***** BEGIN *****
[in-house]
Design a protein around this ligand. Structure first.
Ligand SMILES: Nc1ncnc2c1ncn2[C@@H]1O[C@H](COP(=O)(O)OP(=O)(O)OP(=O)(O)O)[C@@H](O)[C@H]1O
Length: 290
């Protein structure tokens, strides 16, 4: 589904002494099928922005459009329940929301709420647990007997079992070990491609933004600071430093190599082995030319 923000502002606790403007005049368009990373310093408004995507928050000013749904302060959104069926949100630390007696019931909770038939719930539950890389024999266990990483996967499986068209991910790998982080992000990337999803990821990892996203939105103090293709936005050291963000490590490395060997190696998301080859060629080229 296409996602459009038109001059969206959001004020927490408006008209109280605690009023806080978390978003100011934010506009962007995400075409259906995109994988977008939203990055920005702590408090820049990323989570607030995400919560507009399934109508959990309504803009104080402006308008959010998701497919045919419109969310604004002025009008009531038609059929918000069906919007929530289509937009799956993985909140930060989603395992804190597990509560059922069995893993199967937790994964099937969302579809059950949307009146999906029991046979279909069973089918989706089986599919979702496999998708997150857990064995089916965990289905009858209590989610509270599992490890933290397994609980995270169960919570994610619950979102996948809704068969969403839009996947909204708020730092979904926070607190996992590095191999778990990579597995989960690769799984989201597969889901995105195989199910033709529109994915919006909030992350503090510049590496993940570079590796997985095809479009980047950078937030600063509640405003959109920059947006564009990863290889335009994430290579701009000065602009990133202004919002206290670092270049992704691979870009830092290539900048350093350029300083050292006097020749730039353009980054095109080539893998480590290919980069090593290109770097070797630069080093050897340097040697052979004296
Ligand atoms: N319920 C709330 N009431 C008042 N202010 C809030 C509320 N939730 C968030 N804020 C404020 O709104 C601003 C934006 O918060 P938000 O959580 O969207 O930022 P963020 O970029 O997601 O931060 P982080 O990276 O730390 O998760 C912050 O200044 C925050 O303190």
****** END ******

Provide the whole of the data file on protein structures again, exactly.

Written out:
[in-house]
Design a protein around this ligand. Structure first.
Ligand SMILES: Nc1ncnc2c1ncn2[C@@H]1O[C@H](COP(=O)(O)OP(=O)(O)OP(=O)(O)O)[C@@H](O)[C@H]1O
Length: 290
């Protein structure tokens, strides 16, 4: 589904002494099928922005459009329940929301709420647990007997079992070990491609933004600071430093190599082995030319 923000502002606790403007005049368009990373310093408004995507928050000013749904302060959104069926949100630390007696019931909770038939719930539950890389024999266990990483996967499986068209991910790998982080992000990337999803990821990892996203939105103090293709936005050291963000490590490395060997190696998301080859060629080229 296409996602459009038109001059969206959001004020927490408006008209109280605690009023806080978390978003100011934010506009962007995400075409259906995109994988977008939203990055920005702590408090820049990323989570607030995400919560507009399934109508959990309504803009104080402006308008959010998701497919045919419109969310604004002025009008009531038609059929918000069906919007929530289509937009799956993985909140930060989603395992804190597990509560059922069995893993199967937790994964099937969302579809059950949307009146999906029991046979279909069973089918989706089986599919979702496999998708997150857990064995089916965990289905009858209590989610509270599992490890933290397994609980995270169960919570994610619950979102996948809704068969969403839009996947909204708020730092979904926070607190996992590095191999778990990579597995989960690769799984989201597969889901995105195989199910033709529109994915919006909030992350503090510049590496993940570079590796997985095809479009980047950078937030600063509640405003959109920059947006564009990863290889335009994430290579701009000065602009990133202004919002206290670092270049992704691979870009830092290539900048350093350029300083050292006097020749730039353009980054095109080539893998480590290919980069090593290109770097070797630069080093050897340097040697052979004296
Ligand atoms: N319920 C709330 N009431 C008042 N202010 C809030 C509320 N939730 C968030 N804020 C404020 O709104 C601003 C934006 O918060 P938000 O959580 O969207 O930022 P963020 O970029 O997601 O931060 P982080 O990276 O730390 O998760 C912050 O200044 C925050 O303190």